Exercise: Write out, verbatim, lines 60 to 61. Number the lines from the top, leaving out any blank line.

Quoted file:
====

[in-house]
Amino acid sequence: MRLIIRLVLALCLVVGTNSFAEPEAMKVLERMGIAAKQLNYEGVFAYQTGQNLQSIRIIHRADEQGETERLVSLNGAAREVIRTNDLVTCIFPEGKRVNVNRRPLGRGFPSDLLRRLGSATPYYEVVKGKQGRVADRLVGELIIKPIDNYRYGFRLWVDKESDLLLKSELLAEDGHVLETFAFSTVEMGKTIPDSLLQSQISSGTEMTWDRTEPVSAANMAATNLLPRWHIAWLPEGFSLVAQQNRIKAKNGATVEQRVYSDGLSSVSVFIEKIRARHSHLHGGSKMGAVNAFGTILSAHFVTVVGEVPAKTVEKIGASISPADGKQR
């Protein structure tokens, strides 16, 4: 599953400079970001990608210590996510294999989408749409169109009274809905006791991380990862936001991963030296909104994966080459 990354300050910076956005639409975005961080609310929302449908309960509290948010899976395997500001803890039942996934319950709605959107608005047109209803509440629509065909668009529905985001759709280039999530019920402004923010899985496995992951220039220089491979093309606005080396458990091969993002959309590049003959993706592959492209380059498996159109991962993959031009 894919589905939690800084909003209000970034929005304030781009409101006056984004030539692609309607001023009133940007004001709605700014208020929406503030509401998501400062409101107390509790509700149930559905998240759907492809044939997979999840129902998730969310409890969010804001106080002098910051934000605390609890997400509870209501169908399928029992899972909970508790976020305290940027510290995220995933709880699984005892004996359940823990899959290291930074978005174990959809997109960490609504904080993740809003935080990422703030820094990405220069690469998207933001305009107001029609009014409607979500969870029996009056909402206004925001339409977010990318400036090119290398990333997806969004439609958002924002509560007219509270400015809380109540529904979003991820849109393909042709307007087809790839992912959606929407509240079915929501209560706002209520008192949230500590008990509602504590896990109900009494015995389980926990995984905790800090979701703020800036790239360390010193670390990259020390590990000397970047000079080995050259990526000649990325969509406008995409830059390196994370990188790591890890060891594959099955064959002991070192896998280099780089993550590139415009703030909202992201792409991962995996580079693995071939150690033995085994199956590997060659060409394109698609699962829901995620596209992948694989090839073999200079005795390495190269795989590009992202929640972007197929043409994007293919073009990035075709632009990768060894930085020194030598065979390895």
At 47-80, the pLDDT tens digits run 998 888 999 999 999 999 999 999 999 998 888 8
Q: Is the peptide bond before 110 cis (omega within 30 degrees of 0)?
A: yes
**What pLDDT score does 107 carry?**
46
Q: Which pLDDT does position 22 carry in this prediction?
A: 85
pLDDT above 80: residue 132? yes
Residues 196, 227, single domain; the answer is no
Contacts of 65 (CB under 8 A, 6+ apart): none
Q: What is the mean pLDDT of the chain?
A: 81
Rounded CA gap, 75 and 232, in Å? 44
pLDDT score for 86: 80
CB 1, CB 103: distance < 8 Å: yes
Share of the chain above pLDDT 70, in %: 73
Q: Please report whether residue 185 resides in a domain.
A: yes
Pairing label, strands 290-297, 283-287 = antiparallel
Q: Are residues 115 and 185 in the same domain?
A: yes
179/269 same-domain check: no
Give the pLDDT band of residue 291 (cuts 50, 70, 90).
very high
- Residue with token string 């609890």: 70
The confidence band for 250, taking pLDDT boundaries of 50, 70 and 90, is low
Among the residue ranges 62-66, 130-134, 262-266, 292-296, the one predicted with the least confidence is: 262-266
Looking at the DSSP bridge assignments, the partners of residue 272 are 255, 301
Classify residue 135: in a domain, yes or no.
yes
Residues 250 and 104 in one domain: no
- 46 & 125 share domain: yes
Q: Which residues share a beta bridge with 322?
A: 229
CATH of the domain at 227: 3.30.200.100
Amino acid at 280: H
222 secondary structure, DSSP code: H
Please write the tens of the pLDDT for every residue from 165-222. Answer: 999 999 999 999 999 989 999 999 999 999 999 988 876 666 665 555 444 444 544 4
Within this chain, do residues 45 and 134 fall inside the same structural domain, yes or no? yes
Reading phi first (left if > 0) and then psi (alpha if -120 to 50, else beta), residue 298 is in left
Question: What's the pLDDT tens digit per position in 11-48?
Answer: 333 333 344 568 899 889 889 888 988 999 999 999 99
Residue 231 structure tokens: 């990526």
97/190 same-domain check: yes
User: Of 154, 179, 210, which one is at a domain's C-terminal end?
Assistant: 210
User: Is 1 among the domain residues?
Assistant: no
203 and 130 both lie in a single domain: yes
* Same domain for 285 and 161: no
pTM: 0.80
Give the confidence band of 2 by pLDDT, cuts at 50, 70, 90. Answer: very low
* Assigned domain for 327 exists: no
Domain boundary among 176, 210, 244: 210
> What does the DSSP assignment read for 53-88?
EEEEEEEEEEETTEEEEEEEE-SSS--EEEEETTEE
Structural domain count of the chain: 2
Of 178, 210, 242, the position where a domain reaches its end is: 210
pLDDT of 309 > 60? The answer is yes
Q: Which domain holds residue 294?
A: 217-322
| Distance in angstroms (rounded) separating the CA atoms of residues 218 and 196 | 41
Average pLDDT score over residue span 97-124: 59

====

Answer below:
Structural domain count of the chain: 2
Of 178, 210, 242, the position where a domain reaches its end is: 210